EATON — On Wednesday, May 12, a special ceremony was held celebrating training completion for the Preble County Sheriff’s newest K-9 officer, Arko, and his handler, Deputy Devin Smith.
“They’re certified and ready to go,” Sheriff Mike Simpson said. “So, we’re celebrating that achievement.”
Arko is a two-year-old Belgian Malinois. He and Smith recently completed their six-week training course with the Southwest Regional Training Group.
Sheriff Simpson said the PCSO reinstated the K-9 program and purchased Arko several weeks ago. It had been several years since the agency lost previous K-9 Britt.
“It’s all about having the resources to make the purchase and keep the program going,” Simpson said. “We were at a point where we could do that and were ready to get a K-9 back on the streets. I think this is going to be a tremendous asset, not only from the narcotics part of this, but these dogs are trained, obviously, in officer protection, article searches — we can search for people. So, it gives us another tool to help us do our jobs better.”
Asset forfeiture and money from the PCSO’s furtherance of justice funds paid for the K-9, according to Simpson.
The Southwest Regional Training Group Inc. is based in Preble County and is in charge of the training program.
“The academy is a good way to get good quality dog candidates for our agencies,” PCSO’s Matt Lunsford said. Southwest Regional Training Group Inc. started 10 years ago after Lunsford was selected to have K-9 Britt. “We started our own group,” Lunsford said. “Eaton had a dog, and we had a dog.”
There was nothing wrong with other groups available, Lunsford noted, “We were just out here in the middle of nowhere. So, we started doing stuff on our own.”
Camden was the third agency to come on board, before the group was joined by Butler County. “Now we have agencies from Eaton, Camden, Butler County, Jackson Center, Shelby County, Logan County, Wapakoneta, Darke County, Dayton Airport and Dayton City Police.”
Reno County in Kansas is also a member. “It was the home county of where we were buying a lot of the dogs,” Lunsford explained, noting the sheriff there was invited to the training and did so. “He lived here for the six weeks,” he said. “So, that’s why the backs of our shirts say Ohio and Kansas.”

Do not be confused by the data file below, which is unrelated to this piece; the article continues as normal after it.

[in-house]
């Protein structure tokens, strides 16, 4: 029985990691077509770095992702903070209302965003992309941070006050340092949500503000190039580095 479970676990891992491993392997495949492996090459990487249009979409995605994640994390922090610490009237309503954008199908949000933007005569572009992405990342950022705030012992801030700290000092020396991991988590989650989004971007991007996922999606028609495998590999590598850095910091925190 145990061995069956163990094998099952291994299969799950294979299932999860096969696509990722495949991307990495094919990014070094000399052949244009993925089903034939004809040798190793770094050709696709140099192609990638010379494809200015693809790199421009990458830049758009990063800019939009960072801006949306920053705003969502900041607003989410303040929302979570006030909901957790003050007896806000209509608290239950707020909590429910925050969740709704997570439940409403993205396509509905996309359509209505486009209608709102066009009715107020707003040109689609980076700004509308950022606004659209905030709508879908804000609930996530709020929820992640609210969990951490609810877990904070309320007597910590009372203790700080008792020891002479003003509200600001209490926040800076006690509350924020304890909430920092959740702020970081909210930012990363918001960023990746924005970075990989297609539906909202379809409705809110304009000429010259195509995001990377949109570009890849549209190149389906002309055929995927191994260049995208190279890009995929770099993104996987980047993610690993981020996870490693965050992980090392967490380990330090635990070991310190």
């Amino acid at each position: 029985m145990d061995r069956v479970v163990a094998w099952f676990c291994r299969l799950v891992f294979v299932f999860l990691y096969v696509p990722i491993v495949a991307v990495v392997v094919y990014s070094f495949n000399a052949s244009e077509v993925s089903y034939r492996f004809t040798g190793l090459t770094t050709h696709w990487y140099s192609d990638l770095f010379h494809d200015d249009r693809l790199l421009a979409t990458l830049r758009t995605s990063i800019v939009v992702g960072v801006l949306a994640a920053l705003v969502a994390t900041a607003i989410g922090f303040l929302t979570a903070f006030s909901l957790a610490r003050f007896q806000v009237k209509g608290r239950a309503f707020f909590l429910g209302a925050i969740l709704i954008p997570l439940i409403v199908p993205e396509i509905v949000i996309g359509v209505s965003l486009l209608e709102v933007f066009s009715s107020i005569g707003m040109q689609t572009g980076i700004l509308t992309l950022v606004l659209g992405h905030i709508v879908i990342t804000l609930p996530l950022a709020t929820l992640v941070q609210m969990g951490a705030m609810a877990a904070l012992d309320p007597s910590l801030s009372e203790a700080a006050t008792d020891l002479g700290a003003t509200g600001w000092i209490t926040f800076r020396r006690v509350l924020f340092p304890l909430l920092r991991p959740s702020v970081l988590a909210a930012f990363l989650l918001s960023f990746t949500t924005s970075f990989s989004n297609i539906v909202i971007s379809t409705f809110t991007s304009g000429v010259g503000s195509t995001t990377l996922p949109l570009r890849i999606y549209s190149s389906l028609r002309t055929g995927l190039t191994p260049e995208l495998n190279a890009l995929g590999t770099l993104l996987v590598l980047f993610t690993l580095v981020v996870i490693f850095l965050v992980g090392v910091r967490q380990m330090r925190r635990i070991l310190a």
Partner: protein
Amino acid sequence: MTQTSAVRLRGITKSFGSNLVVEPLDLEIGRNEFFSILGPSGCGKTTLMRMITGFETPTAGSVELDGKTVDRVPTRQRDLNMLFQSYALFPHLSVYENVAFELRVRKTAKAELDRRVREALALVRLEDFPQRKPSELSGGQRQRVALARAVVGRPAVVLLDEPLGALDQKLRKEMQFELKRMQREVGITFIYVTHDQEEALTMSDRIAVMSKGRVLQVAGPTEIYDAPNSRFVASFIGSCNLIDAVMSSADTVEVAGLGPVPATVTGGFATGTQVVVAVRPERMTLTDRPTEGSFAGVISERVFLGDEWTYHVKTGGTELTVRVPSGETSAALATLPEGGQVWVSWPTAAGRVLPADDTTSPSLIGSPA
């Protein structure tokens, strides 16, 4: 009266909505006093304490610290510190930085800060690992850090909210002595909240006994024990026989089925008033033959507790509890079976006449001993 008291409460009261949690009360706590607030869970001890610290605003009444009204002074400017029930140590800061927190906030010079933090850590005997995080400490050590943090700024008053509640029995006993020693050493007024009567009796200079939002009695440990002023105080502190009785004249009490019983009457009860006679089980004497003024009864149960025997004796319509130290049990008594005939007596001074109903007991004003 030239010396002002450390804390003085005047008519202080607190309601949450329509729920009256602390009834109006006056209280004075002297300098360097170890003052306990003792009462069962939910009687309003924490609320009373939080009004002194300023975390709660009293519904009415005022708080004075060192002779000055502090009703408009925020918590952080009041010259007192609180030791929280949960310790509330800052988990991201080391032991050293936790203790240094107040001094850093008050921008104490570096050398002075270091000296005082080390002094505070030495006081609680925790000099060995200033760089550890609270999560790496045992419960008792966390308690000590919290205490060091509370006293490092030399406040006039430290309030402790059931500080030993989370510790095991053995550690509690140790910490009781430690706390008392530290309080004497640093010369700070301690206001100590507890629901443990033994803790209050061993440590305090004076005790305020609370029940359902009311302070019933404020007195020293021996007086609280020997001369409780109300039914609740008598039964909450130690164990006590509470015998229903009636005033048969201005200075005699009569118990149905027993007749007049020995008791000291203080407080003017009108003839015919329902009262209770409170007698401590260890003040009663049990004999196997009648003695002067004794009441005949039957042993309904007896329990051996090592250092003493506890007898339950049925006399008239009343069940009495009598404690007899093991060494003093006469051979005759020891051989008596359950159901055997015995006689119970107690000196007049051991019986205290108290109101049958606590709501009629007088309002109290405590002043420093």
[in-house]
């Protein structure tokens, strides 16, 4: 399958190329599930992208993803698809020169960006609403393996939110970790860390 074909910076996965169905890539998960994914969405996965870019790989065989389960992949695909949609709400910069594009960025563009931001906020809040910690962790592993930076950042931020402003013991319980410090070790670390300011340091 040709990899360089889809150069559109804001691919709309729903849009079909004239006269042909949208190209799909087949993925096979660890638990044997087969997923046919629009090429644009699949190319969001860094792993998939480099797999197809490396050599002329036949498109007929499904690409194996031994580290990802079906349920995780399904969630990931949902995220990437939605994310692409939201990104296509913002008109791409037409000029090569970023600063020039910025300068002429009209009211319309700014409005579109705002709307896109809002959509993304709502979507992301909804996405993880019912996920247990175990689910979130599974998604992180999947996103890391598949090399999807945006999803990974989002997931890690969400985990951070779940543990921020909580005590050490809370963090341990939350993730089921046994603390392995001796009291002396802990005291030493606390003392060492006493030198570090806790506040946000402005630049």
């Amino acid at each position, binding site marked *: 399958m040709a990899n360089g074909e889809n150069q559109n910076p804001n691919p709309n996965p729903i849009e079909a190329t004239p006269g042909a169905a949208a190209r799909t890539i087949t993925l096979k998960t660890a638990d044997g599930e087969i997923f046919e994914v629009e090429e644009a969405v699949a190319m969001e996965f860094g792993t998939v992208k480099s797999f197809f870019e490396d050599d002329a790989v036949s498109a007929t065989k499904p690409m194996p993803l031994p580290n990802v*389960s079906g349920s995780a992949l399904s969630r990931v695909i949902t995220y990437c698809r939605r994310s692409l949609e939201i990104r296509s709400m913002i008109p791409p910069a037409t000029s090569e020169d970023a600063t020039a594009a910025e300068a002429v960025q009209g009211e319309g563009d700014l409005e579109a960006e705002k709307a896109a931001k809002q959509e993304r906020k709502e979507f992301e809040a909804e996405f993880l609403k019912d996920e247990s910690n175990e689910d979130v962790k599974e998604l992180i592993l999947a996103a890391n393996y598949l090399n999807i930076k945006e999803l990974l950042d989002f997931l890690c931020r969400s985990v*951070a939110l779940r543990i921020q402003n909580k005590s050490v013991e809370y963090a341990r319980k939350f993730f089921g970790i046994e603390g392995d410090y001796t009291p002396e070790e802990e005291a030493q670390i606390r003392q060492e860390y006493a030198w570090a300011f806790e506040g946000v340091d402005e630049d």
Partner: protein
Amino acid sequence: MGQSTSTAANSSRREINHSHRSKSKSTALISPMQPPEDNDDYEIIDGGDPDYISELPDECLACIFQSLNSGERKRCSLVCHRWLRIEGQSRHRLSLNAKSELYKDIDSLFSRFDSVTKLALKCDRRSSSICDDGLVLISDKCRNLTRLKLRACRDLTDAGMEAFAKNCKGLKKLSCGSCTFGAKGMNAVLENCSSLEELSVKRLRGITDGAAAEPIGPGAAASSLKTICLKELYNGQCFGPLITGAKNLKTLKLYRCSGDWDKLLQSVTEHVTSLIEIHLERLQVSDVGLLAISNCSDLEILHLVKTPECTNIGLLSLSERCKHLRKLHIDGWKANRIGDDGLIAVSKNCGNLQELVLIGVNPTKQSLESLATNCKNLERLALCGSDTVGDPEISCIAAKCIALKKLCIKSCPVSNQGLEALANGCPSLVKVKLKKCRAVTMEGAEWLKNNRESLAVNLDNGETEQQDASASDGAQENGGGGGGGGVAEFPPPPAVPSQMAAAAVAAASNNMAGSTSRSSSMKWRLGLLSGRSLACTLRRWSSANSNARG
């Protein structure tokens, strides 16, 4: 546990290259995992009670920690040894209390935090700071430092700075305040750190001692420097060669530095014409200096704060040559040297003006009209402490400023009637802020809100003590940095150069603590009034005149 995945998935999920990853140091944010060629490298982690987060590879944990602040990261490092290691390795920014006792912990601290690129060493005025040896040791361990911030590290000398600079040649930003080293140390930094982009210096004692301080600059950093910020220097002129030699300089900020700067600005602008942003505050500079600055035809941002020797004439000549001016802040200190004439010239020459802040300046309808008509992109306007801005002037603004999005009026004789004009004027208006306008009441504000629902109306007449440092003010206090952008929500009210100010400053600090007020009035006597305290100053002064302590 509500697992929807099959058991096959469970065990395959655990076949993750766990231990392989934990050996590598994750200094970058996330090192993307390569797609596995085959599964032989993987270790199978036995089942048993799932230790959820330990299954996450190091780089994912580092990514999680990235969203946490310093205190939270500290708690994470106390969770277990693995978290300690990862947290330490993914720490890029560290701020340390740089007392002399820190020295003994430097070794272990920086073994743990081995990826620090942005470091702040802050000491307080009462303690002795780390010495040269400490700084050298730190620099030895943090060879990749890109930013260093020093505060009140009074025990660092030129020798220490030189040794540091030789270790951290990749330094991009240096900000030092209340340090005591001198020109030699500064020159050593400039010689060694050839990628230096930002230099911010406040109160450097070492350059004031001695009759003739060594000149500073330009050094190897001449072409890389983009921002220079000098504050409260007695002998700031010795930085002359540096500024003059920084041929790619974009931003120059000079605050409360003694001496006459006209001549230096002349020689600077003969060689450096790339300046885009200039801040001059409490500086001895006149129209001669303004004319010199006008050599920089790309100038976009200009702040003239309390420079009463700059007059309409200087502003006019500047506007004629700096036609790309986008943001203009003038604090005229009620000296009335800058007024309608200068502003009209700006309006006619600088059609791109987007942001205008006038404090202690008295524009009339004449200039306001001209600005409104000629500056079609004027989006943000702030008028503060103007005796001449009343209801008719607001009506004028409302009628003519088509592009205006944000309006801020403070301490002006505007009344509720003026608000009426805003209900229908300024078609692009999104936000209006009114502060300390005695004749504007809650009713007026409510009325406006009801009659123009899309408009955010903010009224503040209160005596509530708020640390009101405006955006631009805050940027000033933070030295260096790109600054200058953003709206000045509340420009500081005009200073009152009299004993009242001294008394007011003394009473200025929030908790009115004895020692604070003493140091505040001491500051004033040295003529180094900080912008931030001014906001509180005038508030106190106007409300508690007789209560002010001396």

Southwest Regional Training Group Inc. doesn’t charge for the K-9 academy. The training involves everything from two written tests, case law review and seven practical field tests for the handlers and their dogs, before they sit for state certification.
Smith has been with the PCSO for six years. He said the K-9 program piqued his interest from the start of his law enforcement career.
“I’m an animal guy, a dog lover,” he said. “I got invited to our Southwest Regional K-9 training group by Matt, when I first started, and I just fell in love. They’re amazing, what they can do. Multiple things, you know — alert on alert on narcotics, they can track a man down for miles at a time, and they’re such an asset to any department.”
According to Smith, Arko is a “dual purpose” K-9. He will alert on narcotics and is trained to track a human being and apprehend.
“Same way with articles; if he’s given the command to search an area for an article, he’ll actually find the owner of that article, and basically lay down next to them — so he does a multitude of things,” Smith added.
According to Smith, since March 15, it has been “a forty-hour work week of training, him and me, learning together.”
Smith thanked Simpson and the PCSO for selecting him to be the K-9 handler. He and Arko officially began service on Thursday, May 13.
An officer and K-9 team from Jackson Center was also recognized for their completion of the training at the May 12 event.
Reach Eddie Mowen Jr. at 937-683-4061 and follow on Twitter @emowenjr